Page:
The family management system focuses on creating opportunities for members of the business to connect with one another, to learn about each other, and to develop interpersonal relationships. It promotes the formal and informal connection between family members and sets goals for the business family to meet regularly to work on their relationship with one another. This might include creating a family day, developing a reunion calendar for the family, facilitating trust-building activities in the family, and making sure that all family members feel included in the family activities. The family management system then helps to develop the connections that make it easier to discuss business family strategy. Long-lasting families often have individuals responsible for leading this part of the family.

As part of the family processes, the business family needs to identify conduct expectations for its members as representatives of the family and the business. Families should talk about how their actions can affect the business and the family legacy. They also must work on their intra- and cross-family communication strategy. Topics should include how communication within and across branches will take place (i.e., through newsletters, intranet, secured social media channels, or apps), what communication topics will be discussed (i.e., business or family updates) and the types of rules that will help manage these shared spaces. Outlining expectations and creating a communication strategy will help the business family understand how they can be efficient at exchanging and interpreting messages in building their overall family strategy. Working on these two areas helps create a way for the business family system to understand how to communicate and interpret what others are saying.

Families must also discuss how to manage any conflict or crisis. This means setting ground rules for disagreements between family members. Families should create spaces and procedures for their members to engage in conflict resolution. Successful families assist family members in resolving and managing their differences in ways that will help build family respect and trust. Business families also need to prepare to manage different crises that can occur within a family (e.g., family illness, family death, or any other internal crisis). Having a family strategy involves understanding what to do during a crisis and setting up legal, family, and economic safeguards to help them navigate the crisis without destroying the family legacy, the business, or the family relationships.

The final component of family processes is the preparation of family members. To ensure that a business family strategy has continuity over time, family members need to learn the intricacies of being a business owner and a member of the business family (Rüsen 2020). Educational programs make the business family strategy more resilient. Successful families develop programs that help members learn about the business and the responsibilities of ownership, and gain skills in management, leadership, interpersonal competencies and other areas.[2]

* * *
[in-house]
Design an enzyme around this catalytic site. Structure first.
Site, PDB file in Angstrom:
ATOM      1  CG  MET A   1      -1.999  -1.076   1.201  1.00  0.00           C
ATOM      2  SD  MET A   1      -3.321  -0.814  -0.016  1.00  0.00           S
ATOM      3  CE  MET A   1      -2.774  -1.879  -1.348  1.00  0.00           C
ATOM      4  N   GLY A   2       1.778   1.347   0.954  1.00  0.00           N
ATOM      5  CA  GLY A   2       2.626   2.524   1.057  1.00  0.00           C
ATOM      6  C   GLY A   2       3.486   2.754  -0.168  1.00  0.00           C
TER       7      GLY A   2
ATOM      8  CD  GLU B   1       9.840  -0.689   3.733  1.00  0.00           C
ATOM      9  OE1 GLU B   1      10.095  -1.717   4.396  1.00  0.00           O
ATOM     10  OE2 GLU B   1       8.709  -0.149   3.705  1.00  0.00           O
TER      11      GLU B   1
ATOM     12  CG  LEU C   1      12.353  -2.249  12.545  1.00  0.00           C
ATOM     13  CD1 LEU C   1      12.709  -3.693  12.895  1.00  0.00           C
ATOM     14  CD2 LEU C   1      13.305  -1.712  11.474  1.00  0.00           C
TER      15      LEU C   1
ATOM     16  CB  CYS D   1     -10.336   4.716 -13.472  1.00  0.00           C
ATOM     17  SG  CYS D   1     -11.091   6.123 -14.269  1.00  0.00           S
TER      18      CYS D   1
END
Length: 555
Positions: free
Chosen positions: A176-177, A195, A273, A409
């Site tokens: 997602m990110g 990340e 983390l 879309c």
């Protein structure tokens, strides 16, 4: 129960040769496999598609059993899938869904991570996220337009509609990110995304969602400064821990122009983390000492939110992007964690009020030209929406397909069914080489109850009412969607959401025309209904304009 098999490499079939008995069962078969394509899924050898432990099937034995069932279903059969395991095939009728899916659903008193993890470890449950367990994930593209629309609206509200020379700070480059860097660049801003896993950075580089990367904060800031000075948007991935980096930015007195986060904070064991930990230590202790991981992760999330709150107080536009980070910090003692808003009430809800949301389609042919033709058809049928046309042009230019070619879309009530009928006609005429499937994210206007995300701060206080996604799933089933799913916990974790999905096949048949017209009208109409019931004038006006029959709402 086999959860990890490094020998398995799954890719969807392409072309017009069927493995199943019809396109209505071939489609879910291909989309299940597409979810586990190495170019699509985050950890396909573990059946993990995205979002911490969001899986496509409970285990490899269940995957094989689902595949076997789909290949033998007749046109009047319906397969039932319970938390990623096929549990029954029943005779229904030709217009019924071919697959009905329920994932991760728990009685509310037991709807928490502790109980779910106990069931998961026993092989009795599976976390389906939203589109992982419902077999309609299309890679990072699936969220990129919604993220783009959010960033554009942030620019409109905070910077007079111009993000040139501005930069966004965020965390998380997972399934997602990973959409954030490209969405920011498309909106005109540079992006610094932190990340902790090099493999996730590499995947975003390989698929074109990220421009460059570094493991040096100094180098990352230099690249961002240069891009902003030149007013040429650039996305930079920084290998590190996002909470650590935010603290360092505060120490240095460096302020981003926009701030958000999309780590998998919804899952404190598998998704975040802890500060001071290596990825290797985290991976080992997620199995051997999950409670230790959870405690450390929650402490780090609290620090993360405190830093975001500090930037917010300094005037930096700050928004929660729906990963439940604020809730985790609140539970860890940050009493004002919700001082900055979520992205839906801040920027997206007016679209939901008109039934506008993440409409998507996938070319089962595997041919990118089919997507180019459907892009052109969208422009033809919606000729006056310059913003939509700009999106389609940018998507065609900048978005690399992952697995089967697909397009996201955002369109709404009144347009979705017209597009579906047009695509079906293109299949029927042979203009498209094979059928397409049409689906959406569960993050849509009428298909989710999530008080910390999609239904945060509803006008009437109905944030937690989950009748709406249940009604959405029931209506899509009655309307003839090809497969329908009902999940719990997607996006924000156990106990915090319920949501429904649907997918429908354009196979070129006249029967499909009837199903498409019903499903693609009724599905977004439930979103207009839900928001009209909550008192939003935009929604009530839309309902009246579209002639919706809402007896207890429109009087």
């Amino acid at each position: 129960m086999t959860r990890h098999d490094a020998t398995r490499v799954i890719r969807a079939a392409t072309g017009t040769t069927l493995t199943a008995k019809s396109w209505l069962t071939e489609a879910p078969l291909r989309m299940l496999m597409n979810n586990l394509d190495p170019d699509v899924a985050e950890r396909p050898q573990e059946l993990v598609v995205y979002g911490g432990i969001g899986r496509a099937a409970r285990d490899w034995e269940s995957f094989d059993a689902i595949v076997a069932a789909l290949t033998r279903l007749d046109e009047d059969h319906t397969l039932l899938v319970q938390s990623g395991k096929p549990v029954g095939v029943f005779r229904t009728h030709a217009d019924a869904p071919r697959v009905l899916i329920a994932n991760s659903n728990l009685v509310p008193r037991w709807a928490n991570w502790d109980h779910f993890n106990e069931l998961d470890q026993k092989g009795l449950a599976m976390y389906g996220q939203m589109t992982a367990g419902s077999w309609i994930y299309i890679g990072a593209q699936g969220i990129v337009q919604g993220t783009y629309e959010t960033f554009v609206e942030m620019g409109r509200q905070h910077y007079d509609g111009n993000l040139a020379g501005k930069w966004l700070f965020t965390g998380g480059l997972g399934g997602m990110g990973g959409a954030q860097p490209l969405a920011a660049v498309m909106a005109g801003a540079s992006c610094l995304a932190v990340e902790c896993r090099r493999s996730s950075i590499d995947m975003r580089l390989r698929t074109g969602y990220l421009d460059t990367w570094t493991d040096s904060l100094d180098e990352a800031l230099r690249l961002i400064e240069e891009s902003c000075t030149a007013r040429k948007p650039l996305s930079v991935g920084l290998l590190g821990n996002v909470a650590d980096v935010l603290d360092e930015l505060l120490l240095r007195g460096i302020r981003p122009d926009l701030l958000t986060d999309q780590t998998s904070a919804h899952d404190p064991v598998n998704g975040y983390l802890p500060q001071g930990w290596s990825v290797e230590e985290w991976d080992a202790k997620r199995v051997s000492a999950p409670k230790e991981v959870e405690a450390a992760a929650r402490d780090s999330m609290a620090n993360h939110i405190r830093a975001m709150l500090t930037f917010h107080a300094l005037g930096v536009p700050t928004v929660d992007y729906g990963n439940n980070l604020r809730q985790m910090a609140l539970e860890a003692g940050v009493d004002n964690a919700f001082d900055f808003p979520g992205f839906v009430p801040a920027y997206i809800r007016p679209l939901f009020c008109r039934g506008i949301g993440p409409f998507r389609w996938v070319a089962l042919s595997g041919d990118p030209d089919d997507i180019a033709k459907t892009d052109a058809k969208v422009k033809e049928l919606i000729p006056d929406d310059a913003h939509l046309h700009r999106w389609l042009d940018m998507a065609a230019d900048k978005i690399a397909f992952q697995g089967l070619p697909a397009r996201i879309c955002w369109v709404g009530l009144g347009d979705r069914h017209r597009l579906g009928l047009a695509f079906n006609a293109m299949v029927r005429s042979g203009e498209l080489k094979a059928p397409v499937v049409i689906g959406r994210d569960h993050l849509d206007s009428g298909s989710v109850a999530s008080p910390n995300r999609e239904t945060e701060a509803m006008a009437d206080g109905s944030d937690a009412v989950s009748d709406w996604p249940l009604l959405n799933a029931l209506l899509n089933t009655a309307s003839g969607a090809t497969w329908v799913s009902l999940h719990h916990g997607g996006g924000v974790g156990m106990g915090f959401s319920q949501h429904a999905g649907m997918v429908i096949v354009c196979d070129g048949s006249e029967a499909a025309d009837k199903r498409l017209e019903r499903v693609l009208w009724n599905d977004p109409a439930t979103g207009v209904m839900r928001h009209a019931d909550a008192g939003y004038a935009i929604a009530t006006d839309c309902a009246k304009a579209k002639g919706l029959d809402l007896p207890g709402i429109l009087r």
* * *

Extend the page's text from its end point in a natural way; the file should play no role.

To ensure the continuity of the business family’s strategy, the business family also needs to think about: (1) how can they manage the strategy development, revision, and evaluation process, and (2) the consequences for family members who don’t comply with the strategy. This helps ensure that future generations have some input in developing and implementing the strategy, and that family members are encouraged to work together, be aligned, and have a shared purpose for the future. 

How to Begin

Business families that succeed in their strategy should be ready to work together and understand where they are and where they want to be. This article can help them assess four areas:

  • The starting point for the business family regarding their combined perceptions and shared understanding about the family
  • The readiness of the business family to manage the family to business relationships, and how to achieve alignment in this area
  • Where the business family stands regarding aspects of ownership and the rights and responsibilities that come with ownership
  • And finally, where the business family stands regarding the preparation of the family’s future. 

All these factors are important to outline the shared direction the business family wants to take and the different activities that should be planned to achieve that goal.